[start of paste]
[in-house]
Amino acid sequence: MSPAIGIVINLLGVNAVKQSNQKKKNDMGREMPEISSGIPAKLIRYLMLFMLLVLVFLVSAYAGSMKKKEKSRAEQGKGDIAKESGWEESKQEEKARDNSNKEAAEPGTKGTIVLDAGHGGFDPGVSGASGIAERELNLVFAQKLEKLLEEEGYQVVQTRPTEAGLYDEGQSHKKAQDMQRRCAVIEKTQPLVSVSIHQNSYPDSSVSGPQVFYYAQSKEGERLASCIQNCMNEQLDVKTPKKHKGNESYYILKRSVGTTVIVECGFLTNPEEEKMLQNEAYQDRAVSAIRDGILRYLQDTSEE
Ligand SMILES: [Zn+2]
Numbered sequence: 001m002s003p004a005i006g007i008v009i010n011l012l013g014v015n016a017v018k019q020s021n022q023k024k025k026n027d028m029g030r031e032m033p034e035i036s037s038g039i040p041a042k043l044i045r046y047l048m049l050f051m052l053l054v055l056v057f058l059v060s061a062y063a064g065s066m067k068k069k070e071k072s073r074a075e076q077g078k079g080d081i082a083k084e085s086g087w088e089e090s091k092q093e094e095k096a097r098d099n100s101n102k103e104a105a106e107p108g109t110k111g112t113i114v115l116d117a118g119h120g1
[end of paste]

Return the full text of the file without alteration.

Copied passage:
[in-house]
Amino acid sequence: MSPAIGIVINLLGVNAVKQSNQKKKNDMGREMPEISSGIPAKLIRYLMLFMLLVLVFLVSAYAGSMKKKEKSRAEQGKGDIAKESGWEESKQEEKARDNSNKEAAEPGTKGTIVLDAGHGGFDPGVSGASGIAERELNLVFAQKLEKLLEEEGYQVVQTRPTEAGLYDEGQSHKKAQDMQRRCAVIEKTQPLVSVSIHQNSYPDSSVSGPQVFYYAQSKEGERLASCIQNCMNEQLDVKTPKKHKGNESYYILKRSVGTTVIVECGFLTNPEEEKMLQNEAYQDRAVSAIRDGILRYLQDTSEE
Ligand SMILES: [Zn+2]
Numbered sequence: 001m002s003p004a005i006g007i008v009i010n011l012l013g014v015n016a017v018k019q020s021n022q023k024k025k026n027d028m029g030r031e032m033p034e035i036s037s038g039i040p041a042k043l044i045r046y047l048m049l050f051m052l053l054v055l056v057f058l059v060s061a062y063a064g065s066m067k068k069k070e071k072s073r074a075e076q077g078k079g080d081i082a083k084e085s086g087w088e089e090s091k092q093e094e095k096a097r098d099n100s101n102k103e104a105a106e107p108g109t110k111g112t113i114v115l116d117a118g119h120g1